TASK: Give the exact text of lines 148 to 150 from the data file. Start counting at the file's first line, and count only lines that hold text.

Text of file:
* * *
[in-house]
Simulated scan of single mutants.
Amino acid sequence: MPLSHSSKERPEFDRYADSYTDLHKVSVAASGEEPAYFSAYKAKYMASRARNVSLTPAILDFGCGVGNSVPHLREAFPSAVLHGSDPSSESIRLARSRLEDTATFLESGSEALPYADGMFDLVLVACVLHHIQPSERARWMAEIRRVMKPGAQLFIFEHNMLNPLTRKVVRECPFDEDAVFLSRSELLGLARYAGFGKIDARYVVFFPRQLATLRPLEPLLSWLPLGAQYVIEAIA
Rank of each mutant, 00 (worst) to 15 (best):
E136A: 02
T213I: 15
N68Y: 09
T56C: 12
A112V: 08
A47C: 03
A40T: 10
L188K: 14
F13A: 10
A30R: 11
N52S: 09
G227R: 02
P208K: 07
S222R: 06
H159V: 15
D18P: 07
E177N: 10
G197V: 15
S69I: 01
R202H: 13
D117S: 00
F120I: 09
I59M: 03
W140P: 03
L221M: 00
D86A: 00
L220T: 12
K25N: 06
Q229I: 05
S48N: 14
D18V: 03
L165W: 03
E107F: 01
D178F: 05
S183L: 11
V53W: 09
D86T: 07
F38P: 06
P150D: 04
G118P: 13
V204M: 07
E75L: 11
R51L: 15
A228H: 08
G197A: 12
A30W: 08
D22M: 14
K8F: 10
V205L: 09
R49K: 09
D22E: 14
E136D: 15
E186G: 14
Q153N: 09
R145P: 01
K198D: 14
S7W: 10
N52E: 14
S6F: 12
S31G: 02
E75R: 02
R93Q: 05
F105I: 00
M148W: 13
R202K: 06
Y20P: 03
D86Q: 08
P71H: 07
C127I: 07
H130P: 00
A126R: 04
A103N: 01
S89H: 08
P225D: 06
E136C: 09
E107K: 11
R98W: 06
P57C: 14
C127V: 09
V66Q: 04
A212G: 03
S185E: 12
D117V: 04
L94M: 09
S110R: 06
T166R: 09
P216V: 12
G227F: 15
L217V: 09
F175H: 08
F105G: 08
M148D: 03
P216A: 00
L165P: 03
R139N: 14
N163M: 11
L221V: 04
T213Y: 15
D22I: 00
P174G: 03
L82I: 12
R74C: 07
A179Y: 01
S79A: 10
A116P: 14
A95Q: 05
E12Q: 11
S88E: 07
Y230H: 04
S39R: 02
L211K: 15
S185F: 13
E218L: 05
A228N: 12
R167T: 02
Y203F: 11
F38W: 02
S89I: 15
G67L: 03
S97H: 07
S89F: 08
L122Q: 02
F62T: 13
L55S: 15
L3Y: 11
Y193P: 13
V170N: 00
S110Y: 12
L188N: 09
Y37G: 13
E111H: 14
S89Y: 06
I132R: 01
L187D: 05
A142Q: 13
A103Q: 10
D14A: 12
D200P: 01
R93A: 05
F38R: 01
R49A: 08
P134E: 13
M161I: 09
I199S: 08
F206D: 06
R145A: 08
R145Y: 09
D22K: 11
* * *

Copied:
I199S: 08
F206D: 06
R145A: 08